RCMP and Freedom to Associate

Chris Younker
May 16, 2009

On May 7, the federal government filed an appeal of the landmark decision of the Ontario Superior Court in Mounted Police Association of Ontario v AG (Canada).[1] The court ruled that the Royal Canadian Mounted Police regulations prohibiting collective bargaining were unconstitutional and in violation of section 2(d) of The Canadian Charter of Rights and Freedoms, which protects the freedom of association.[2]

The ruling marks a culmination of court rulings over the past two decades that have expanded the legal interpretation of the freedom of association as protected by the Charter. In 1987, in Delisle,[3] a member of the RCMP lost an application to the Superior Court of Quebec (and the subsequent appeals) in which it was argued that the exclusion of the RCMP from government regulations allowing for collective bargaining infringed section 2(d) of the Charter.[4] The same year, in Reference re Public Service Employee Relations Act (Alta.),[5] the Supreme Court held that section 2(d) did not protect the right to strike or to collective bargaining.[6]

In 2001, the Supreme Court in Dunmore v. Ontario (AG)[7] distinguished Delsile. In that decision regarding regulation of agricultural workers, the Supreme Court held that unlike the RCMP, agricultural workers should have the right to collective bargaining as they were “more vulnerable” than RCMP members and were not directly protected by the Charter, since they were not public employees.[8]

Finally, in 2007, the Supreme Court reversed itself in B.C. Health Services.[9] The majority of the Court ruled that the Charter’s section 2(d) “protects not only the capacity of employees to make representations in relation to working conditions but also a process of collective bargaining with respect to those conditions.”[10] In the decision, Chief Justice McLachlin wrote that “the state must not substantially interfere with the ability of a union to exert meaningful influence over working conditions through a process of collective bargaining conducted in accordance with the duty to bargain in good faith.”[11]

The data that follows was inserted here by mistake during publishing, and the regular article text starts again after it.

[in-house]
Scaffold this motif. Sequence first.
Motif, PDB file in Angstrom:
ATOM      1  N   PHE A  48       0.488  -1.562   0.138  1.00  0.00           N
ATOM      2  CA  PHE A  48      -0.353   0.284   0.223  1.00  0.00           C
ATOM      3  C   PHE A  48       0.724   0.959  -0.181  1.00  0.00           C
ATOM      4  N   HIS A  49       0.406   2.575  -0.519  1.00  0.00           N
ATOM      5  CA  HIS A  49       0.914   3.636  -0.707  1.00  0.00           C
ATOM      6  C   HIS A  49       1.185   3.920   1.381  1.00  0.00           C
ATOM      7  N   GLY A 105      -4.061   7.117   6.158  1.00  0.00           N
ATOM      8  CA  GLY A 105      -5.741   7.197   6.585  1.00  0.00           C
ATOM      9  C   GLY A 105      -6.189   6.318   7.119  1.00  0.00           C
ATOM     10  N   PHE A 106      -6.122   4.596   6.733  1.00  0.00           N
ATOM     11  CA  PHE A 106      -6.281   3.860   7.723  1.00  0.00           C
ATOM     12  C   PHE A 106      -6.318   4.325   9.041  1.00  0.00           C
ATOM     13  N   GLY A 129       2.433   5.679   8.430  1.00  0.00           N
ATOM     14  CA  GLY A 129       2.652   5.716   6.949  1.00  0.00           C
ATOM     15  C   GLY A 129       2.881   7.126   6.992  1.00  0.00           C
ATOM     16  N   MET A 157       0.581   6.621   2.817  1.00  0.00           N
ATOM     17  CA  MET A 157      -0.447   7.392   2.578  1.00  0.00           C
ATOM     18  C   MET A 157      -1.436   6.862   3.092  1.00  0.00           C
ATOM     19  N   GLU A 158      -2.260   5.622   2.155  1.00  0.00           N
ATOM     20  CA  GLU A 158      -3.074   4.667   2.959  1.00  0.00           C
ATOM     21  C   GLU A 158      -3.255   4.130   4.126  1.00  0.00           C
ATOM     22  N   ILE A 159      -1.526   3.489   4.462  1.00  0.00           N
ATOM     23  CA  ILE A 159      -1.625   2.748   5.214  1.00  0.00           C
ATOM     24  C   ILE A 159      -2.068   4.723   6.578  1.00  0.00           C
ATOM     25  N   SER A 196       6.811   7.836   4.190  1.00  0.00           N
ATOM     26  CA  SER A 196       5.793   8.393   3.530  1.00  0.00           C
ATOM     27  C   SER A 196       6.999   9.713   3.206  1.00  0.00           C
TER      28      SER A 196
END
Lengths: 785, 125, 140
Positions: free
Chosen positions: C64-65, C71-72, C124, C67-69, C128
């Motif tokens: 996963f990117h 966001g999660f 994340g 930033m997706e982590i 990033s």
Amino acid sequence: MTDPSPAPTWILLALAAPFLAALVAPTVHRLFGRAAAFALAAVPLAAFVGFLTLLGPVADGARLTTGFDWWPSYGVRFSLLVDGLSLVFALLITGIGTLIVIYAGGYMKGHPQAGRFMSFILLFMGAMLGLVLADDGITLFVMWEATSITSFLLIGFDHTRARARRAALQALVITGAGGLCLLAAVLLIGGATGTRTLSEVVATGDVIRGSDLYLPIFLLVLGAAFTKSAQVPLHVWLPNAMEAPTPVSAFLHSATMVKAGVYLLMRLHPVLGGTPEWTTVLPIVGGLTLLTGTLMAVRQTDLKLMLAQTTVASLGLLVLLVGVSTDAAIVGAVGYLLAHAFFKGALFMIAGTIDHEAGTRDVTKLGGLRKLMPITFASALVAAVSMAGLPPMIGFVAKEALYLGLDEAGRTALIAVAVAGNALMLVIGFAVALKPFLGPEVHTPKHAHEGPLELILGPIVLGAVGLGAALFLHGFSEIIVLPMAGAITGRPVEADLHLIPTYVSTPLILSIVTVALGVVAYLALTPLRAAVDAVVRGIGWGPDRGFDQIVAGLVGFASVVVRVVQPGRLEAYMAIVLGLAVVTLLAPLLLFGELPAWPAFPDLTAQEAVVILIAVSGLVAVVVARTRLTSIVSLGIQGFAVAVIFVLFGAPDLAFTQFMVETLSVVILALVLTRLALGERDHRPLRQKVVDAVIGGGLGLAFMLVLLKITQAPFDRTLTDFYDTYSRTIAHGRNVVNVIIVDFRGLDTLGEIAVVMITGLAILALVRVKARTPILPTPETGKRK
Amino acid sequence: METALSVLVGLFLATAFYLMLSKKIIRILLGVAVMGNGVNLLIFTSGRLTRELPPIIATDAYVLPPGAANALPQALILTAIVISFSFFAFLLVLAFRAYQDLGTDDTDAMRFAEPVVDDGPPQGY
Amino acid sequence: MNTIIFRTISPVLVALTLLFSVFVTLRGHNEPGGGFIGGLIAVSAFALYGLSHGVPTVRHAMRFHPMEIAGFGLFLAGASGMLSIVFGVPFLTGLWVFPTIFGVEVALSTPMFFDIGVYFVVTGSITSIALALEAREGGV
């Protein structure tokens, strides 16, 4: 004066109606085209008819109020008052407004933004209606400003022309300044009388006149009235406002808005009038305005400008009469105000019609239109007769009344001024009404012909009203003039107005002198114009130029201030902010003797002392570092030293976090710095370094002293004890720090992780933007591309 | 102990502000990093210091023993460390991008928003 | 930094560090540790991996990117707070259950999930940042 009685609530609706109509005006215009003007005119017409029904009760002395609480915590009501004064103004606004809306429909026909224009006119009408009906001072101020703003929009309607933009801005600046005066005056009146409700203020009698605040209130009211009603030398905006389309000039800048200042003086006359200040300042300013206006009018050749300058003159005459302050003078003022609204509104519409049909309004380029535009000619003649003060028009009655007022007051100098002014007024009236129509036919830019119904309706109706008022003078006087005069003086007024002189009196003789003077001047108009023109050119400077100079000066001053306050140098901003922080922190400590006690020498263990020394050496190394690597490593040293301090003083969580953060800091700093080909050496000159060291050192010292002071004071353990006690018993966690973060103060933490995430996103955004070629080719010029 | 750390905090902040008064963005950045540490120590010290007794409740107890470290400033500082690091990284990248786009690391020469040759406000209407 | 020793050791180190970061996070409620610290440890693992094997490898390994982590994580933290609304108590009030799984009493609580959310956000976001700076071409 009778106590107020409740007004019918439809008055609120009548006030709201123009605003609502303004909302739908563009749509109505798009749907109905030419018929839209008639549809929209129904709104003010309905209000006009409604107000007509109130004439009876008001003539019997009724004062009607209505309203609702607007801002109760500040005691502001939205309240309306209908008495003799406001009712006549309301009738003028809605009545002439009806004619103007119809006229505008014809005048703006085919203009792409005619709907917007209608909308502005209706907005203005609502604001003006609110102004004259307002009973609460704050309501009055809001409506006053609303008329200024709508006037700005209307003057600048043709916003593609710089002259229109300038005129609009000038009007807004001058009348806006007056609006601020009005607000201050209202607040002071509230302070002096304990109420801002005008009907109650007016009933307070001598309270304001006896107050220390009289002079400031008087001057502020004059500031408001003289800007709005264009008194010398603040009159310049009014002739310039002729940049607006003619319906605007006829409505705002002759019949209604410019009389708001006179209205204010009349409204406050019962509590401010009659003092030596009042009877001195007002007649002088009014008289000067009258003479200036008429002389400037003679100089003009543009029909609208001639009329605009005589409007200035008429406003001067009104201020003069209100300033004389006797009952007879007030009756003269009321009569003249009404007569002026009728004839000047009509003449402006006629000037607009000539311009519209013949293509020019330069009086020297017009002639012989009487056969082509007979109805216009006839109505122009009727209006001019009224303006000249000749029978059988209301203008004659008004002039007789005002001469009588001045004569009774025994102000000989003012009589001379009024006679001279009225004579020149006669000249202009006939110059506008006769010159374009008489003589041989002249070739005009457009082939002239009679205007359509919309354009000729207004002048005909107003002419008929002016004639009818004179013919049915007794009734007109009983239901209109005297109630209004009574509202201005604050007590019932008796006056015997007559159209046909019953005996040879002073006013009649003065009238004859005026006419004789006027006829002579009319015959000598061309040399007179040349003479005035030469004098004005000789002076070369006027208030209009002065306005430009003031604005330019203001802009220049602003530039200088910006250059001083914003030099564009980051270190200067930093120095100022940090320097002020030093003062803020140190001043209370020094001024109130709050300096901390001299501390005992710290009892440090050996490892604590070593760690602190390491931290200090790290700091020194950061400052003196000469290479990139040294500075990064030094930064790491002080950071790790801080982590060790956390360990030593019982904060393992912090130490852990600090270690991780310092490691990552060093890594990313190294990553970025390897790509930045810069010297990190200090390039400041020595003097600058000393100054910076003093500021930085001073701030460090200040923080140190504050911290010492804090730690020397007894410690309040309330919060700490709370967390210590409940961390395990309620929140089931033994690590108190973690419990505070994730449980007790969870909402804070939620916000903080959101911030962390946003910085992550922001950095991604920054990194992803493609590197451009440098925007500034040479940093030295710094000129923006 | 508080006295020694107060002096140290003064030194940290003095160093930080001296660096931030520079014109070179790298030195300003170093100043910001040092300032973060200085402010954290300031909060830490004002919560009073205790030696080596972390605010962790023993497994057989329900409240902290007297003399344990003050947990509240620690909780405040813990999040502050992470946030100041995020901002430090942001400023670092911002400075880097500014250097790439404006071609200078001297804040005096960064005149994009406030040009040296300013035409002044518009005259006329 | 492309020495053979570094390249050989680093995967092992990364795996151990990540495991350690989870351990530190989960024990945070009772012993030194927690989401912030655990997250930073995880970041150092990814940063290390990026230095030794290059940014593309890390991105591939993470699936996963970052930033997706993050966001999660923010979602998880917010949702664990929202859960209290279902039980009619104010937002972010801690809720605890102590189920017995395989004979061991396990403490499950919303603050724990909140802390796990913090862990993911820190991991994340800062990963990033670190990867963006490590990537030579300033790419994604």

Under current RCMP regulations, all members of the RCMP are limited to negotiations carried out under the Staff Relations Representations Program (SRRP).[12] Because the Ontario Superior Court found that the SRRP lacked independence and the ability to provide for collective bargaining, it was found to violate RCMP employees’ freedom of association rights. Where Charter rights have been found to be violated, they are open to justification under section 1 of the Charter, which allows for reasonable limits on those rights if they can be “demonstrably justified in a free and democratic society.” However, because most municipal police forces across the country have the right to collective bargaining, and SRRP denied the freedom to bargain and consult, the Court found that the restrictions were unjustifiably severe and held that the SRRP was unconstitutional.[13] The Court allowed the government 18 months to enact new regulations in accordance with Charter rights before the SRRP would become illegal.[14] The recent filing for appeal suggests that the government is reluctant to change its legislation to allow RCMP members the same Charter rights enjoyed by their peers in law enforcement and public service.

[1] 2009 ONSC 15149.
[2] Ibid at para 7.
[3] Delisle v Canada (Deputy Attorney General), [1999] SCR 989.
[4] Supra note 1 at para 27.
[5] Reference re Public Service Employee Relations Act (Alberta), [1987] SCR 313.
[6] Supra note 1 at para 33.
[7] Dunmore v Ontario (Attorney General), 2001 SCC 94.
[8] Supra note 1 at para 40.
[9] Health Services & Support-Facilities Subsector Bargaining Assn v British Columbia, 2007 SCC 27.
[10] Supra note 1 at para. 46.
[11] Ibid.
[12] Ibid at para 59.
[13] Ibid at para 102-3.
[14] Ibid at para 118.
Subscription Form


Protection of Privacy – Personal information provided is collected in accordance with Section 33(c) of the Alberta Freedom of Information and Protection of Privacy Act (the FOIP Act) and will be protected under Part 2 of that Act. It will be used for the purpose of managing CCS’ email subscription lists. Should you require further information about collection, use and disclosure of personal information, or to unsubscribe, please contact: Administrator, Centre for Constitutional Studies, 448D Law Centre, University of Alberta, Edmonton AB, T6G 2H5, Tel: 780-492-5681, Email: ccslaw@ualberta.ca. You may unsubscribe from our email lists at any time.
Centre for Constitutional Studies
448D Law Centre
University of Alberta
Edmonton, AB T6G 2H5
chevron-down linkedin facebook pinterest youtube rss twitter instagram facebook-blank rss-blank linkedin-blank pinterest youtube twitter instagram